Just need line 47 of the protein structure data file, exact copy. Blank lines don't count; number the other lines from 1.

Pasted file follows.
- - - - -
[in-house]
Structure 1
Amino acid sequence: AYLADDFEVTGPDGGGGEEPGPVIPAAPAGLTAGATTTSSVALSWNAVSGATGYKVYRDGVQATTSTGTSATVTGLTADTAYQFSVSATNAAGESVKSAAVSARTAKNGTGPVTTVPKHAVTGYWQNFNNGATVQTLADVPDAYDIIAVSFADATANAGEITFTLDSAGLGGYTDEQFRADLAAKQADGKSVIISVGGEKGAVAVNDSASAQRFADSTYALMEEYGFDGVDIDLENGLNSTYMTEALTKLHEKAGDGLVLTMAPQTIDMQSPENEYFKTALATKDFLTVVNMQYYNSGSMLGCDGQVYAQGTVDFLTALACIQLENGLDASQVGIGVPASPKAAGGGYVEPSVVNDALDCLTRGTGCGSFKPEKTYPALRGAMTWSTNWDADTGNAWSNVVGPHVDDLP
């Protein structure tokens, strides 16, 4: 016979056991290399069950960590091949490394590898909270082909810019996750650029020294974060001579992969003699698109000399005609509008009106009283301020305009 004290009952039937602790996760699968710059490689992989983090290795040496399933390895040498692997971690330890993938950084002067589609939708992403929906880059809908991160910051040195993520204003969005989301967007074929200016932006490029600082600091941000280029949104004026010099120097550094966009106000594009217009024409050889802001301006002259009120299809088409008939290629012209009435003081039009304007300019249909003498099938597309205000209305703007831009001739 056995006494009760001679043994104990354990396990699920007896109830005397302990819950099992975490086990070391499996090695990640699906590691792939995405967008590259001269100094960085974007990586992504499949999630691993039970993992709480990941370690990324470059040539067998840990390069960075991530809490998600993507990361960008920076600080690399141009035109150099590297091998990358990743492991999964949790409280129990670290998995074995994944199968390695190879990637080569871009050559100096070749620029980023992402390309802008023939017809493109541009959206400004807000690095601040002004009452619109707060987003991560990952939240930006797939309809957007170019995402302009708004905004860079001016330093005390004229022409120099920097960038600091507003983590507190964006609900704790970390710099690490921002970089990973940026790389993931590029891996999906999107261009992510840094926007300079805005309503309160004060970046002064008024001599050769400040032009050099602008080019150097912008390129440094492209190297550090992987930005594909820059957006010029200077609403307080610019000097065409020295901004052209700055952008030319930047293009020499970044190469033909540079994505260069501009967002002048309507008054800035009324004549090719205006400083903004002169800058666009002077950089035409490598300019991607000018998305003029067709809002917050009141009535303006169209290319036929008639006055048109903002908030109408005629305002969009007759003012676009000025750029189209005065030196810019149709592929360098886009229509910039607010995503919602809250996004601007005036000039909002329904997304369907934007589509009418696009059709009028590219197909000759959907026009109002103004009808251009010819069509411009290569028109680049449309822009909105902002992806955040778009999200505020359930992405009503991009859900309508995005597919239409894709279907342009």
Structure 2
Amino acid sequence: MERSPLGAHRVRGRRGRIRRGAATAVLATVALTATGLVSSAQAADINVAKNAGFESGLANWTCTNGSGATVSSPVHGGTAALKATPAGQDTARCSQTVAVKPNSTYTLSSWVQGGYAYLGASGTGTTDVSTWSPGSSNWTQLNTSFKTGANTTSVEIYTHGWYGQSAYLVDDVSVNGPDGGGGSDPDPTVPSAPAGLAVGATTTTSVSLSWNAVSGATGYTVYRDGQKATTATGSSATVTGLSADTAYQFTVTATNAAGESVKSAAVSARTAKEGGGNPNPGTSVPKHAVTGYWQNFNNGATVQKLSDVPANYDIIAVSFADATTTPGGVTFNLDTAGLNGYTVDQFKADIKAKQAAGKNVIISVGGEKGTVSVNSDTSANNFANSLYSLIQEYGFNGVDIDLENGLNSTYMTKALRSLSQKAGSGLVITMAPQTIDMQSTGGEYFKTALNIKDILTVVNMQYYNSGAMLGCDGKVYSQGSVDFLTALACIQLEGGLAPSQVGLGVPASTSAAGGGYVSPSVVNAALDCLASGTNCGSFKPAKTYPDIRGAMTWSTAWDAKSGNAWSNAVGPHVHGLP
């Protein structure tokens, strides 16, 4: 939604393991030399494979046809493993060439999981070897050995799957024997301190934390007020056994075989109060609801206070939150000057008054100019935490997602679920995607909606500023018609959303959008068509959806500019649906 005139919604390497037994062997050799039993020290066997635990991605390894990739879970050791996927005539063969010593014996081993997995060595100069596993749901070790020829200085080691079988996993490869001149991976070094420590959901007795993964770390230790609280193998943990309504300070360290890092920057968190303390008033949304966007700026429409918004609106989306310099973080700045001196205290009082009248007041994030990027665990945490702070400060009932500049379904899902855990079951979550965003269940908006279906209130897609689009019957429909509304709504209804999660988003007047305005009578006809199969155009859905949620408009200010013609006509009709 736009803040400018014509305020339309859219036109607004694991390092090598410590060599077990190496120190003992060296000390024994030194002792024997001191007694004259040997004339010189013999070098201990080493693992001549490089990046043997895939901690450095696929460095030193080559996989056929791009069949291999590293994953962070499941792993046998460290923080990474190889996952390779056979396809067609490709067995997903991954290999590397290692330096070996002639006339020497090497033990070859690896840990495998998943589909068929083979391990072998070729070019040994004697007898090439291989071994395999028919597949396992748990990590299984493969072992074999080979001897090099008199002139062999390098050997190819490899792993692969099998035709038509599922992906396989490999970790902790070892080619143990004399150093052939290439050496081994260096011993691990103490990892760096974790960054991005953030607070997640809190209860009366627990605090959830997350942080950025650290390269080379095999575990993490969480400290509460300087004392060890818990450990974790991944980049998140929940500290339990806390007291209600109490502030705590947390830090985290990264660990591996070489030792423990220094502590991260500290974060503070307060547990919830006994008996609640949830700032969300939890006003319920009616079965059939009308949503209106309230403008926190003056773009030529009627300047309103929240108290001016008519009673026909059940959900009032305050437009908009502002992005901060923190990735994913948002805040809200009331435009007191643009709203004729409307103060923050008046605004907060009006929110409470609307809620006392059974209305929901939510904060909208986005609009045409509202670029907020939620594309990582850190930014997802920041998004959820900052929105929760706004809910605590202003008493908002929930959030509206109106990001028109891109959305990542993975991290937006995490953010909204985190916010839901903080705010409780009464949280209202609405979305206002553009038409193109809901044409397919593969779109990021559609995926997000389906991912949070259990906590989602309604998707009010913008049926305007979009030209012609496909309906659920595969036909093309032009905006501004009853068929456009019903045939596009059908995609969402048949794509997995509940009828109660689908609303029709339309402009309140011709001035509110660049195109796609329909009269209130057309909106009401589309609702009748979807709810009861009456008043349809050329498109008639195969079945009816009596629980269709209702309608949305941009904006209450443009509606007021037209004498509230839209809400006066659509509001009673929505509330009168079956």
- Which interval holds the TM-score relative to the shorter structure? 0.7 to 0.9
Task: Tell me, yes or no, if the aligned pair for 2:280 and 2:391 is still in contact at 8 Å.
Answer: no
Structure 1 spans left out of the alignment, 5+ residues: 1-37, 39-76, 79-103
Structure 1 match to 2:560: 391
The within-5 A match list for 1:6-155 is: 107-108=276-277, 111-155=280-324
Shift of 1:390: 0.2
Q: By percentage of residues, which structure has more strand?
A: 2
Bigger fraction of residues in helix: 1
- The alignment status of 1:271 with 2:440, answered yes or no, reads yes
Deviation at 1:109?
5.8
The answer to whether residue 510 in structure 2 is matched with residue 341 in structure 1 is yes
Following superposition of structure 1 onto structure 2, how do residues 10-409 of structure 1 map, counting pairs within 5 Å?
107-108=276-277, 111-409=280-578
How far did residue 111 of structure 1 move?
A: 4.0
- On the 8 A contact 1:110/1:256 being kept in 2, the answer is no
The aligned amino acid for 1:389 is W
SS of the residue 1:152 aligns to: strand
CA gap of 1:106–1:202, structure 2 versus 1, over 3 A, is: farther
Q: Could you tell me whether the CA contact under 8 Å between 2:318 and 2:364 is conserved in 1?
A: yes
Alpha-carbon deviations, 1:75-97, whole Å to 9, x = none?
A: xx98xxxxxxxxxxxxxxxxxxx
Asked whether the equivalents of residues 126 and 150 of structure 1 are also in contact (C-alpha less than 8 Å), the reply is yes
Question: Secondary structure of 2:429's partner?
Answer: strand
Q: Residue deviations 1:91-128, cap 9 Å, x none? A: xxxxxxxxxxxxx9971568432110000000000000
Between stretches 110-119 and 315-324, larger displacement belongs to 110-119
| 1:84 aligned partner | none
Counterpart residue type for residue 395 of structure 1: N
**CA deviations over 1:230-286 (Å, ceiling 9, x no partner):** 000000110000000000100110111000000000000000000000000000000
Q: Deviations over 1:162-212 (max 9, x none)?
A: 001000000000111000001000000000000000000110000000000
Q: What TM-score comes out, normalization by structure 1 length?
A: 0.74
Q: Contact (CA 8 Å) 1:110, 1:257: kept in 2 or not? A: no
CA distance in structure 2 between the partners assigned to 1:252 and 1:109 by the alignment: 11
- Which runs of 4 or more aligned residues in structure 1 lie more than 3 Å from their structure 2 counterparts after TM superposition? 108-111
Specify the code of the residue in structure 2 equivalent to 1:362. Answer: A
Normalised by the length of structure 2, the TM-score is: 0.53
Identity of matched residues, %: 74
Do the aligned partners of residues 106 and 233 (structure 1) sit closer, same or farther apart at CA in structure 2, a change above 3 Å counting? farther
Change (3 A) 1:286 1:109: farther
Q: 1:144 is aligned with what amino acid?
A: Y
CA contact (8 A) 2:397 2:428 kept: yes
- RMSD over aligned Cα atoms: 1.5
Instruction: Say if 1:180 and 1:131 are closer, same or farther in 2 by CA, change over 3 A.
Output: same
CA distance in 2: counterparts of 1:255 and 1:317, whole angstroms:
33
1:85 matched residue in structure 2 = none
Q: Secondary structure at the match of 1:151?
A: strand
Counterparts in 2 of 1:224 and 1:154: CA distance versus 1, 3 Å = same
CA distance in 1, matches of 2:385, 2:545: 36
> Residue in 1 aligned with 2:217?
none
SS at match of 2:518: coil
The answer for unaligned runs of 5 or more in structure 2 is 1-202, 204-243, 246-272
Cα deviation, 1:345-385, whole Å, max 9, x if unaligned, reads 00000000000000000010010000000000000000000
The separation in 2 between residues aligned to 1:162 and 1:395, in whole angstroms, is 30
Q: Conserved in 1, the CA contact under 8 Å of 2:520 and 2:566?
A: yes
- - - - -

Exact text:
CA distance in structure 2 between the partners assigned to 1:252 and 1:109 by the alignment: 11